Senior Postdoctoral Fellow
Tom is an injury biomechanics engineer with specific expertise in mechanical impact response and tolerance of the human body, the design and testing of injury protective systems and motor vehicle crash investigation.
He was awarded PhD from the University of Technology Sydney in 2016 having undertaken a detailed examination of facial impacts to motorcycle riders and full-face helmet protection. In his postdoctoral research fellowship at the University of British Columbia, he led experimental impact biomechanics studies to define tissue mechanics and tolerance of the brain and spine.
Head injuries are the leading cause of death and disability for children older than one year of age and one of the most common reasons for paediatric presentation to the emergency department. Pedal cyclist incidents alone are responsible for 10% of hospitalisations for head injuries among Australian children. Helmets have been proven to be effective at preventing and reducing the severity of head injuries, however head injury still occurs to approximately 20% of injured child bicyclists despite helmet wearing.
Poor helmet positioning (misuse) undermines the protective benefit and has been observed in up to 85% of child bicyclists. Misuse in children relates to poor helmet fit and comfort stemming from child helmets being designed as scaled down adult helmets and not accounting for variations in head and face shape throughout child development.
We aim to define the head, face and neck shapes of children needed for appropriate helmet shell and retention system design and define the factors for helmet misuse among child bicyclists.
People aged >65 years are up to 9 times more likely to be seriously injured in a crash than younger people. The reason most commonly cited for this is the increased frailty associated with aging leading to a reduced tolerance to crash forces. However other factors may also impact this risk including differences in size and posture affecting the interaction with vehicle safety systems.
Additionally, we recently found that approximately 25% of older occupants use a comfort accessory, such as seat belt padding, seat base cushions, seat back cushions, and back supports when travelling in cars. We are currently studying whether these accessories impact the safety of older occupants in crashes to develop guidelines for their use.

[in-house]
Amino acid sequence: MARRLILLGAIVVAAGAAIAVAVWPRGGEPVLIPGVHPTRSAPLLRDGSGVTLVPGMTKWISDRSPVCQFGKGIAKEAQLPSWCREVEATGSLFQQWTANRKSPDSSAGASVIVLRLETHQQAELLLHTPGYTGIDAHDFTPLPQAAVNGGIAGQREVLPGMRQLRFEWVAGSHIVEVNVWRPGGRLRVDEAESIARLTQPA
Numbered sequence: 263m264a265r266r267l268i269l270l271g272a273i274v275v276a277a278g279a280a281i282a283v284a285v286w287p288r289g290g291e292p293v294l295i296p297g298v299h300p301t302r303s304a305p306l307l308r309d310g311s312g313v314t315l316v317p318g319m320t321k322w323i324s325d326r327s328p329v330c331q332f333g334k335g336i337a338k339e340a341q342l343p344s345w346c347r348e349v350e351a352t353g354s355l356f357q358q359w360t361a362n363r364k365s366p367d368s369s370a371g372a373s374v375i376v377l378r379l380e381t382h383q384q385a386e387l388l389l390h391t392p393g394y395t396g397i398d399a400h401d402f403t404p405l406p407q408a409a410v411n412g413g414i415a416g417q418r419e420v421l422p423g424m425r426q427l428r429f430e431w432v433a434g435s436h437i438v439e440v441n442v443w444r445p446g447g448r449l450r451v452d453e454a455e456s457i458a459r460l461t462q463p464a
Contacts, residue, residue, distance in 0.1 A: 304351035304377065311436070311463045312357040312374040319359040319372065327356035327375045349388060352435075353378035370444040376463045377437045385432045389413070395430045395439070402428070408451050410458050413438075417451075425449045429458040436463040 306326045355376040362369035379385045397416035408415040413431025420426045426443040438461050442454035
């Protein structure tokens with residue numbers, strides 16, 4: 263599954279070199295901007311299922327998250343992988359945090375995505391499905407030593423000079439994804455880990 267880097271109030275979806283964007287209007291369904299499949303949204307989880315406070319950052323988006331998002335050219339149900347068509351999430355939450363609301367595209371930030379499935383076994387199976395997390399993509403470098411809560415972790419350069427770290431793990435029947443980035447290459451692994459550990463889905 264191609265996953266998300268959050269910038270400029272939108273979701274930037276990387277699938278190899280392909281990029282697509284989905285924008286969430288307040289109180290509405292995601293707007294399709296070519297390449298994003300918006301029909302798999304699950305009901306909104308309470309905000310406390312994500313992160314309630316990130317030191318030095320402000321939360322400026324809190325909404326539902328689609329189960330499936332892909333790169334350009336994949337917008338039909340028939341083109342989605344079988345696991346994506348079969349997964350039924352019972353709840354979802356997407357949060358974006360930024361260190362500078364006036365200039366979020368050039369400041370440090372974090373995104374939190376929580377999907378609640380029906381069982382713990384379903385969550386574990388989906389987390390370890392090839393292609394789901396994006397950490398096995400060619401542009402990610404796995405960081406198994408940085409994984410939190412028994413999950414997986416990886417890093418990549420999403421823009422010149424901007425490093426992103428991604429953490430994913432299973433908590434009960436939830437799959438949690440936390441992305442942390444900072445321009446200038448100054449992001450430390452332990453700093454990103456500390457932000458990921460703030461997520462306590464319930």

NeuRA is part of a multi-centre European collaborative project investigating and assessing ways to reduce fatalities and severities of injuries of motorcycles and powered two wheelers (PTWs).
This project aims to develop new Personal Protective Equipment (PPE) and On-Board Safety Systems, improve validation and assessment methods and increasing the usage rate of such devices. For more information, visit http://pioneers-project.eu/
Our group is studying how injuries occur in children when they are involved in crashes, and how changes to the types and design of restraints used by children can reduce serious injuries and death. Key problems include whether children use restraints correctly and whether they use restraints that are appropriate for their size. Recent findings include that rates of misuse of child restraints are high, and much of this misuse is serious enough to compromise the effectiveness of the restraints in crashes. Building on our recent work that led to major changes in child restraint design and usage laws in Australia, Dr Julie Brown and I are currently studying how restraint ergonomics and comfort affect how children use restraints, and whether we can improve how restraints are labelled to help parents to use them correctly.
BIANCA ALBANESE Research Assistant
CHRIS MULLIGAN Masters Student
KATIE PELLAND Visiting PhD student
DR ELIZABETH CLARKE Visiting postdoctoral fellow
ALICE HATT Research assistant
ALICE PONG PhD student
DR PETER BURKE Postdoctoral fellow
Fractures are a common injury among motorcycle riders and can have serious health implications. Impact protection (IP) has been designed to help prevent fractures, yet there are conflicting opinions as to whether this IP does in fact help prevent fractures in real-world crashes. This work aimed to (1) use simulated dummy impacts to examine whether existing types of IP could reduce the force transferred to the underlying bone to below fracture tolerance levels and (2) investigate whether current European Standard (EN 1621-1) test procedures for impact protectors designed for motorcyclists are sufficient to ensure fracture protection. Though the energy attenuation test method in the European standard may be an appropriate approach, distinct differences in injury protection performance observed between knee and shoulder IP indicate that there may be a need for different performance criteria for IP designated to protect different body regions.